User Visitor Login
/images/graph_sv_i.gif
English only
EPFL > FSV > BBP > Channelpedia
Ion channels
References
Reports
SEARCH IN WIKI
Logged in as a Visitor.

'Ca(2+)-induced Ca(2+) entry' or how the L-type Ca(2+) channel remodels its own signalling pathway in cardiac cells.

Sylvain Richard, Emeline Perrier, Jérémy Fauconnier, Romain Perrier, Laetitia Pereira, Ana María Gómez, Jean-Pierre Benitah

Prog. Biophys. Mol. Biol., 2006 Jan-Apr , 90, 118-35

The adjustment of Ca(2+) entry in cardiac cells is critical to the generation of the force necessary for the myocardium to meet the physiological needs of the body. In this review, we present the concept that Ca(2+) can promote its own entry through Ca(2+) channels by different mechanisms. We refer to it under the general term of 'Ca(2+)-induced Ca(2+) entry' (CICE). We review short-term mechanisms (usually termed facilitation) that involve a stimulating effect of Ca(2+) on the L-type Ca(2+) current (I(Ca-L)) amplitude (positive staircase) or a lessening of Ca(2+)-dependent inactivation of I(Ca-L). This latter effect is related to the amount of Ca(2+) released by ryanodine receptors (RyR2) of the sarcoplasmic reticulum (SR). Both effects are involved in the control of action potential (AP) duration. We also describe a long-term mechanism based on Ca(2+)-dependent down-regulation of the Kv4.2 gene controlling functional expression of the repolarizing transient outward K(+) current (I(to)) and, thereby, AP duration. This mechanism, which might occur very early during the onset of hypertrophy, enhances Ca(2+) entry by maintaining Ca(2+) channel activation during prolonged AP. Both Ca(2+)-dependent facilitation and Ca(2+)-dependent down-regulation of I(to) expression favour AP prolongation and, thereby, promote sustained voltage-gated Ca(2+) entry used to enhance excitation-contraction (EC) coupling (with no change in the density of Ca(2+) channels per se). These self-maintaining mechanisms of Ca(2+) entry have significant functions in remodelling Ca(2+) signalling during the cardiac AP. They might support a prominent role of Ca(2+) channels in the establishment and progression of abnormal Ca(2+) signalling during cardiac hypertrophy and congestive heart failure.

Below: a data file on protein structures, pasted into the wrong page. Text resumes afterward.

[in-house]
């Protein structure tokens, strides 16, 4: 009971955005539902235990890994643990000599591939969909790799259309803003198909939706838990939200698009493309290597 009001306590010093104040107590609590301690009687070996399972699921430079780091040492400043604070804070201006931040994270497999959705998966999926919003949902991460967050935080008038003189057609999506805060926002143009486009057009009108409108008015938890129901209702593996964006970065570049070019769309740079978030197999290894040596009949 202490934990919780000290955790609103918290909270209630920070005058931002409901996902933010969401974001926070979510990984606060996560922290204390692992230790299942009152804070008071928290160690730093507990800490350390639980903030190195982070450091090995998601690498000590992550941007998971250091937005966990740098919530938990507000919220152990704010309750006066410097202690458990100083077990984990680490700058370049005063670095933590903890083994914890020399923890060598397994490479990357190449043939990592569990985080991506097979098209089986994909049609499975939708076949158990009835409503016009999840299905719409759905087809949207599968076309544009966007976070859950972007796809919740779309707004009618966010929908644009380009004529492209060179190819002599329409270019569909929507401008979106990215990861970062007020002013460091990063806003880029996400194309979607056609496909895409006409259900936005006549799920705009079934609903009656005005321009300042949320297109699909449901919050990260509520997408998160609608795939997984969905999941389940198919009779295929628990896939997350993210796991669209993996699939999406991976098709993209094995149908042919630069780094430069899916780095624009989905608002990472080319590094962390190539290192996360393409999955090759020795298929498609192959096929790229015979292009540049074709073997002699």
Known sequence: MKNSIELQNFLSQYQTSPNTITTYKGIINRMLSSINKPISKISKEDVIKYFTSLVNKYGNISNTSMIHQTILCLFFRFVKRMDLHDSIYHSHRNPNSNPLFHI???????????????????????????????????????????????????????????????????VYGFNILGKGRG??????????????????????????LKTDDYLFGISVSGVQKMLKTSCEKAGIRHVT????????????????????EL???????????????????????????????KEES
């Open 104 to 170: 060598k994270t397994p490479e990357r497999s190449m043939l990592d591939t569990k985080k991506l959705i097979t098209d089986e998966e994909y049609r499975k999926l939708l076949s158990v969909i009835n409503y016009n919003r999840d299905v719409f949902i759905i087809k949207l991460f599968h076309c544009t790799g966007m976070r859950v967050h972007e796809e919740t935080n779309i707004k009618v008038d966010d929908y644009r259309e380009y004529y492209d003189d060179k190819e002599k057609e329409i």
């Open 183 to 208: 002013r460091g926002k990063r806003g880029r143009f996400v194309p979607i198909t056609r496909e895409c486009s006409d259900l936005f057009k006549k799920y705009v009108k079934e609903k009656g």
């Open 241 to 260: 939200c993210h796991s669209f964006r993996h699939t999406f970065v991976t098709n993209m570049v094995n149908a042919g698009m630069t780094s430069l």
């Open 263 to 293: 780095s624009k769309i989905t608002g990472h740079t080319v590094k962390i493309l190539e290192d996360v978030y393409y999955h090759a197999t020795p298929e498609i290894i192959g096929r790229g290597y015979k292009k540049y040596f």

http://www.ncbi.nlm.nih.gov/pubmed/15987656